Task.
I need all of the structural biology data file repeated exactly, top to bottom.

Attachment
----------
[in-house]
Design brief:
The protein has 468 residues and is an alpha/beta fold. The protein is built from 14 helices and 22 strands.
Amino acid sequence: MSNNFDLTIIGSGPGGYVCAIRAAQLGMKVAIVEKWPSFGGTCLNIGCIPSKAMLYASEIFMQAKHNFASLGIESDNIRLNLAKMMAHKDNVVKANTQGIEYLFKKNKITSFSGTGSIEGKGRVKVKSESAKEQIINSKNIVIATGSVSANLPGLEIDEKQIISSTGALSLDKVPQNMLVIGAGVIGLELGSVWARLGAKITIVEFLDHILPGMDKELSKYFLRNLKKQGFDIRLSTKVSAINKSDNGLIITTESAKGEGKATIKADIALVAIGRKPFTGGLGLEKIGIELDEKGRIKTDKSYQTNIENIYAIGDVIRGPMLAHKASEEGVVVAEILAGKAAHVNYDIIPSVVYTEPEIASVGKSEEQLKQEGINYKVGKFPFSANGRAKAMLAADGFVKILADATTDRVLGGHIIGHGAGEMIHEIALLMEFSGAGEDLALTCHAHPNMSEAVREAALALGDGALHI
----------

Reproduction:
[in-house]
Design brief:
The protein has 468 residues and is an alpha/beta fold. The protein is built from 14 helices and 22 strands.
Amino acid sequence: MSNNFDLTIIGSGPGGYVCAIRAAQLGMKVAIVEKWPSFGGTCLNIGCIPSKAMLYASEIFMQAKHNFASLGIESDNIRLNLAKMMAHKDNVVKANTQGIEYLFKKNKITSFSGTGSIEGKGRVKVKSESAKEQIINSKNIVIATGSVSANLPGLEIDEKQIISSTGALSLDKVPQNMLVIGAGVIGLELGSVWARLGAKITIVEFLDHILPGMDKELSKYFLRNLKKQGFDIRLSTKVSAINKSDNGLIITTESAKGEGKATIKADIALVAIGRKPFTGGLGLEKIGIELDEKGRIKTDKSYQTNIENIYAIGDVIRGPMLAHKASEEGVVVAEILAGKAAHVNYDIIPSVVYTEPEIASVGKSEEQLKQEGINYKVGKFPFSANGRAKAMLAADGFVKILADATTDRVLGGHIIGHGAGEMIHEIALLMEFSGAGEDLALTCHAHPNMSEAVREAALALGDGALHI